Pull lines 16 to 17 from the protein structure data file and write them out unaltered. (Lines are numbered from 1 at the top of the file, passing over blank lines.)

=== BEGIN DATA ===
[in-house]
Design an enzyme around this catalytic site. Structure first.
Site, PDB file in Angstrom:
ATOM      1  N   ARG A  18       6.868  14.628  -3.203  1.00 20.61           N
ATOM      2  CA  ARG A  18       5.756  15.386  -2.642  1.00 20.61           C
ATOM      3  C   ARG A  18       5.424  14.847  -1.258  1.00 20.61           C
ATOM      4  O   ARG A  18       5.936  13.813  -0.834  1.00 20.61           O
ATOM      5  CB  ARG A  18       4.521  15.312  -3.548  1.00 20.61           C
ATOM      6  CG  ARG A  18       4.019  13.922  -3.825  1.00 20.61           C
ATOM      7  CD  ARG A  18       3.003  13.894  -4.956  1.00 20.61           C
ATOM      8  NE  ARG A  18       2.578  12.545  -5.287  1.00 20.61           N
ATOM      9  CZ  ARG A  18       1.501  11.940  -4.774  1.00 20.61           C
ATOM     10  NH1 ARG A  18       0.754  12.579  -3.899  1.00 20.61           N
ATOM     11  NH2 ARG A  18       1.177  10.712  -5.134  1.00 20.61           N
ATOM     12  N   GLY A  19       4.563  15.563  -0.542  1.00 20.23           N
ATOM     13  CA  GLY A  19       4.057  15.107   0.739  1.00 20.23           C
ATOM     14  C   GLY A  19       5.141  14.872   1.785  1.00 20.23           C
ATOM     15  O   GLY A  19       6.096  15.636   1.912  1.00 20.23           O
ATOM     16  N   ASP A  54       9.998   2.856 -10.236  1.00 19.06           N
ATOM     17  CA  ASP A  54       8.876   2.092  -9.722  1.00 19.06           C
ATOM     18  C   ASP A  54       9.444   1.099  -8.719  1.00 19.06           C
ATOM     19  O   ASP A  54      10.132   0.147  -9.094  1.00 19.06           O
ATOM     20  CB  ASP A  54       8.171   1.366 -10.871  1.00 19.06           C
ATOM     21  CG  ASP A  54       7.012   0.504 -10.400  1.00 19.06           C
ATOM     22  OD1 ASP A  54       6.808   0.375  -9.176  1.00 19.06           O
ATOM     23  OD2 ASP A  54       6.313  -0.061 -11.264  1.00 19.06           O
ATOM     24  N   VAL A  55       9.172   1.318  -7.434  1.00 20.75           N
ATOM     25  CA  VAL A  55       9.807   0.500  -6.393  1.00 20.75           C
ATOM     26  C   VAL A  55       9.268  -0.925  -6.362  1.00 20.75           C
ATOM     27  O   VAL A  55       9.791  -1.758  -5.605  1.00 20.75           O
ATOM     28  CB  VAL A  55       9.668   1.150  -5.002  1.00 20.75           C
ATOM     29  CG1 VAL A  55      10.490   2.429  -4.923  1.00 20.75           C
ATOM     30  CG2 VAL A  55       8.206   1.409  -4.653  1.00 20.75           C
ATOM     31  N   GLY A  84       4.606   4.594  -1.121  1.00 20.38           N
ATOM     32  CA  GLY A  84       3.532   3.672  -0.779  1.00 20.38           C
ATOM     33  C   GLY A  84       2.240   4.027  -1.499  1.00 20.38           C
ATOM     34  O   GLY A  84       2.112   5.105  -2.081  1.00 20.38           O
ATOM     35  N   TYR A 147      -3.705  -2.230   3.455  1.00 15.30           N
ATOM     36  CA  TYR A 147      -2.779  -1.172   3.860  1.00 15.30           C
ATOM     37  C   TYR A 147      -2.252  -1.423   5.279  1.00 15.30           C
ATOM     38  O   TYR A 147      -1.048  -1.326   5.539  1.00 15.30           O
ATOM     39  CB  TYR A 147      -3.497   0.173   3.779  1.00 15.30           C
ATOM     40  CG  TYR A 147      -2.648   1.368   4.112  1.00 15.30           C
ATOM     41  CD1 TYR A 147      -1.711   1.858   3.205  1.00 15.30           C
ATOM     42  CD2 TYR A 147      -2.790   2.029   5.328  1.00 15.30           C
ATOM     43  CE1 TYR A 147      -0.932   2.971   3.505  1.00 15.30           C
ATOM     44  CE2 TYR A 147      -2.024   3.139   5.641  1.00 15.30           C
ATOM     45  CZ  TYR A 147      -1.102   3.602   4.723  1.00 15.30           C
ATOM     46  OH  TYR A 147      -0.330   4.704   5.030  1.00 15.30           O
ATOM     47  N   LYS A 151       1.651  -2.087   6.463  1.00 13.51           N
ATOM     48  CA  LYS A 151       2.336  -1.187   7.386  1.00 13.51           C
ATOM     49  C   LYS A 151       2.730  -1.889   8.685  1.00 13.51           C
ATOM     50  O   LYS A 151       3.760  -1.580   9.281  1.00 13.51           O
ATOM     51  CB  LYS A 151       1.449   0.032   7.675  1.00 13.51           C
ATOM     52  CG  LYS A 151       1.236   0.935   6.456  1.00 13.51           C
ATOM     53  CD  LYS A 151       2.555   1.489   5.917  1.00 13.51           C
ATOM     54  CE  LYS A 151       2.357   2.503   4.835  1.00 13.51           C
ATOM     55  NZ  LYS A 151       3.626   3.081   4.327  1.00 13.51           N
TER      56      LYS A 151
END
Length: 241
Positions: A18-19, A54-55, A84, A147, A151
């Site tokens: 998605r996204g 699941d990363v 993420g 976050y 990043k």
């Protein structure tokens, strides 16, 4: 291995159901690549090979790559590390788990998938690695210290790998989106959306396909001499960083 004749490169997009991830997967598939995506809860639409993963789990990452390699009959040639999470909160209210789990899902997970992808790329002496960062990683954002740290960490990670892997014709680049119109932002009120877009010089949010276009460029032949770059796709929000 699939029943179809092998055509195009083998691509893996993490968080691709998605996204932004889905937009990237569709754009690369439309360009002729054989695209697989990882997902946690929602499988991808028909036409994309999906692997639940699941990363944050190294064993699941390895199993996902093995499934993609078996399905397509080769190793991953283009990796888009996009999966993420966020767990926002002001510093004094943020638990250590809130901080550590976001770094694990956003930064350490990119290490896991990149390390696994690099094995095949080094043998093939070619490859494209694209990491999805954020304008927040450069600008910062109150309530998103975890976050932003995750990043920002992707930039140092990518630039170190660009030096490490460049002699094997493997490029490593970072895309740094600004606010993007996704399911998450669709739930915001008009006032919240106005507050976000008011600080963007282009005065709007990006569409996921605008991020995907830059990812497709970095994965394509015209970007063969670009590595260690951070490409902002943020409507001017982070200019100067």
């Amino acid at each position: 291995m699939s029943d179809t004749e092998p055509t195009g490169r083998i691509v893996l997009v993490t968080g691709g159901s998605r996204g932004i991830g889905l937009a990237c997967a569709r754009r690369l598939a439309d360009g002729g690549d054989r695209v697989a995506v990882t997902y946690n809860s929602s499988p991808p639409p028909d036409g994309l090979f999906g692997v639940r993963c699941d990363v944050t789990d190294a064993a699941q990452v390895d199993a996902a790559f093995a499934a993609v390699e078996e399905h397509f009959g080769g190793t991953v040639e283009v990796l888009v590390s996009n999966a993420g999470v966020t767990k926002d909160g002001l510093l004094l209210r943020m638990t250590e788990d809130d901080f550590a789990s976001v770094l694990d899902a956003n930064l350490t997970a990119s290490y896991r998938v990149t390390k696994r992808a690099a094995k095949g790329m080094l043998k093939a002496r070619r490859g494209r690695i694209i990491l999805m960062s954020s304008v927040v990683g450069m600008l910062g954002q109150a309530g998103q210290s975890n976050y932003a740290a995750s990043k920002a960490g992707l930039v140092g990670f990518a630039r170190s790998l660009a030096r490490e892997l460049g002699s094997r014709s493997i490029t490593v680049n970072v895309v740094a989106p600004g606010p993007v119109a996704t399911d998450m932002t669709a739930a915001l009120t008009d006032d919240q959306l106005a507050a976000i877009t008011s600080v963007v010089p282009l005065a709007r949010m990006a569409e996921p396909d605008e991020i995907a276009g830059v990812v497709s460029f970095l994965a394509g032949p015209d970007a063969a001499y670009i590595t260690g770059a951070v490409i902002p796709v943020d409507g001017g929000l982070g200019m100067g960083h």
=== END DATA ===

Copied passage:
ATOM     13  CA  GLY A  19       4.057  15.107   0.739  1.00 20.23           C
ATOM     14  C   GLY A  19       5.141  14.872   1.785  1.00 20.23           C